What is Social Science Data?
Social Science Data Files are primary source materials encompassing raw data files and textual or electronic format documentation, normally called codebooks. Data files are not eye-readable. A raw data file is composed of characters or numbers on which mathematical operations are carried out using a statistical program (for example, using SPSS, SAS, or STATA), on a computer (such as your personal computer, or one of the campus computer center facilities), and interpreting the results of statistical processing. If you printed out a raw data file, it would look like this. Below is a visual on how data is incorporated into the research process.
How are data files used in research?
Since the early 1940's social scientists have collected and analyzed data as part of a quantitative approach to research. When you use data from an archive of previously collected surveys you are engaged in secondary analysis of primary information. Secondary analysis is a great way to do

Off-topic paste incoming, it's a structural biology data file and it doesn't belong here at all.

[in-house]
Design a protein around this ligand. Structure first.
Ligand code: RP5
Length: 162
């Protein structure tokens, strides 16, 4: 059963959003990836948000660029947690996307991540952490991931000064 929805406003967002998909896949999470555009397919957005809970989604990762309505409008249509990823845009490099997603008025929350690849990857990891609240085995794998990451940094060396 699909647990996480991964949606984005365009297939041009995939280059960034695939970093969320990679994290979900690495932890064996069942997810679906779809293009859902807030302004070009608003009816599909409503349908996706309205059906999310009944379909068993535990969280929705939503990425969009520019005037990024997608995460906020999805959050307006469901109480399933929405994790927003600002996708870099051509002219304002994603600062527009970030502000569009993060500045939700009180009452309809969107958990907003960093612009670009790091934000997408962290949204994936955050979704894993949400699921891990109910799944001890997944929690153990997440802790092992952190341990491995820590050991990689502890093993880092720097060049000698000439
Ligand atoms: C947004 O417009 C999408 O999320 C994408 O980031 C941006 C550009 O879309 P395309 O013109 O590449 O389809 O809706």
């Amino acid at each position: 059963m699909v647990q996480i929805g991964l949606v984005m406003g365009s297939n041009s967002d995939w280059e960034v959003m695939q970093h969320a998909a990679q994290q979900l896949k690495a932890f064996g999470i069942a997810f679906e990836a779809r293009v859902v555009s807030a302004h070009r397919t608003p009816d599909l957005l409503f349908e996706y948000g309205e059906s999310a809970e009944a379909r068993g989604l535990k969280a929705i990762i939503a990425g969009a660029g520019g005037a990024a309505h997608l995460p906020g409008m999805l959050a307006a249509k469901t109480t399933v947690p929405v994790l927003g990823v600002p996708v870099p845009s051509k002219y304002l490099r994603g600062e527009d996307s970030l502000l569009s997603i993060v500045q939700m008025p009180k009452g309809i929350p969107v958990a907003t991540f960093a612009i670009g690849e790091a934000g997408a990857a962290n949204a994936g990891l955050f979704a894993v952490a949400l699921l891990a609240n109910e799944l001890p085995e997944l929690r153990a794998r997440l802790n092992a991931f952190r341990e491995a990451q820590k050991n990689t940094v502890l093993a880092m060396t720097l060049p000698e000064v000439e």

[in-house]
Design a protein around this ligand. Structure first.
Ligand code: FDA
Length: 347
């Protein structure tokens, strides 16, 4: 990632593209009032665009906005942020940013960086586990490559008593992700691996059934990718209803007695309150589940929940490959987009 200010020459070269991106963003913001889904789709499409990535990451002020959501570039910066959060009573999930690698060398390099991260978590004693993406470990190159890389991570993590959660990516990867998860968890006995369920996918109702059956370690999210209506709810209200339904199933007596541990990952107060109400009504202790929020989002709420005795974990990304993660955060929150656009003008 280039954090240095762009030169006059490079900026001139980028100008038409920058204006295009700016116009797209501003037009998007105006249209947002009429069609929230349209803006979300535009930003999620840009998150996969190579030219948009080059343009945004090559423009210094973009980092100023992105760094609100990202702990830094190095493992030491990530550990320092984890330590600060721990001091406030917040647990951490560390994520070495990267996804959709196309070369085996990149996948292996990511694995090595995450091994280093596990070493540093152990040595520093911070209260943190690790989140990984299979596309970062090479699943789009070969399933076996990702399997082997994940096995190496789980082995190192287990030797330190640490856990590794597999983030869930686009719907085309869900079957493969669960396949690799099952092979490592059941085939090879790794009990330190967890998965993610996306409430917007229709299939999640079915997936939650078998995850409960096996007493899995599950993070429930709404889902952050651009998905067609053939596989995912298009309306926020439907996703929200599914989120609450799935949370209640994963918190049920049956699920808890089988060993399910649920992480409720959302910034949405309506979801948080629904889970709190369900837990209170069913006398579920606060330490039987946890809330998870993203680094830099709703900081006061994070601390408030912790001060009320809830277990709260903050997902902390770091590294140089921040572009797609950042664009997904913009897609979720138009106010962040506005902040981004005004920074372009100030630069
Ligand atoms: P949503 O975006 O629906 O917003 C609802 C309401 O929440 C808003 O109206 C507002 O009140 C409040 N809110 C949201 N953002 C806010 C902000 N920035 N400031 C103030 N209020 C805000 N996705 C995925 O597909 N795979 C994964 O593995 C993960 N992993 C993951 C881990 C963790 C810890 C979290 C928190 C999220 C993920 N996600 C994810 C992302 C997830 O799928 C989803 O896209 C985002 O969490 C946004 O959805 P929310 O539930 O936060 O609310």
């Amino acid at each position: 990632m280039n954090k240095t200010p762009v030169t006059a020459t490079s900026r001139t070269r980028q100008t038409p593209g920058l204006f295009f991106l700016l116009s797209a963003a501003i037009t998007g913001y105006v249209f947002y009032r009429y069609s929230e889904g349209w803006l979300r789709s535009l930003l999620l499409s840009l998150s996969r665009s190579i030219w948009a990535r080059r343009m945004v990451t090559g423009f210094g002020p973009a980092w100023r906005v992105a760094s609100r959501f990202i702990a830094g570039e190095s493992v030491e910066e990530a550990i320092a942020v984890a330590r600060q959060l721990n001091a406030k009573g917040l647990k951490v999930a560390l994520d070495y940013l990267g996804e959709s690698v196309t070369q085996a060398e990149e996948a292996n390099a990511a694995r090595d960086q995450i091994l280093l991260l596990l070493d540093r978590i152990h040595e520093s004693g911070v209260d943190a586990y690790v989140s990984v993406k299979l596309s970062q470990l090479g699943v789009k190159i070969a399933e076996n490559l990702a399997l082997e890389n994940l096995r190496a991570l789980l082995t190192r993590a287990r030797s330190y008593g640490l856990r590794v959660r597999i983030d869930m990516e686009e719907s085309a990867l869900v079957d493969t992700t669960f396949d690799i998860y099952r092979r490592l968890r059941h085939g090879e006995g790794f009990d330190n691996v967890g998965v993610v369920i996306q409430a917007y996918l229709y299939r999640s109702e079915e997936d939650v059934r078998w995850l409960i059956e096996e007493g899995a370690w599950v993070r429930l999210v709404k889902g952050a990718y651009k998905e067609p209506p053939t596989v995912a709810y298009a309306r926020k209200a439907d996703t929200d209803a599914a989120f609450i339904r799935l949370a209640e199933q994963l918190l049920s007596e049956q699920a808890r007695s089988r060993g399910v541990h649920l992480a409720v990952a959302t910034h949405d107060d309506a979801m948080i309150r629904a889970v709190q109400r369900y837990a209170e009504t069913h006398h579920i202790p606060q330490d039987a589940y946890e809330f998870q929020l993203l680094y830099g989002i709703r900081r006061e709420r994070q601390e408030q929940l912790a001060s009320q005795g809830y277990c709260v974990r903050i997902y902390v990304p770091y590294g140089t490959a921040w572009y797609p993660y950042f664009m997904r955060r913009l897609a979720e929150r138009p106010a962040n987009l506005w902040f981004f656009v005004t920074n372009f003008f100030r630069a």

research, especially if you are a student. The cost to carry out even a simple survey can be quite prohibitive in terms of cost. For example, as of January 1999, an in-person survey of 1000 respondents with about 50 questions, conducted in Los Angeles County, would cost between $150 - $300 per respondent! Below are just a few examples of common secondary analysis techniques.
Beyond cost, there are other excellent reasons to do research using previously collected data. For example, you might read about the results of a survey on a subject of interest to you. The public opinion polls conducted by media organizations such as the New York Times or CBS News are examples of such surveys. If the data are available from an archive, (such as ICPSR) you might decide to analyze the data with the same statistical procedures used by the original data collectors. By replicating the work of another researcher, you can test the validity of the previous analyses.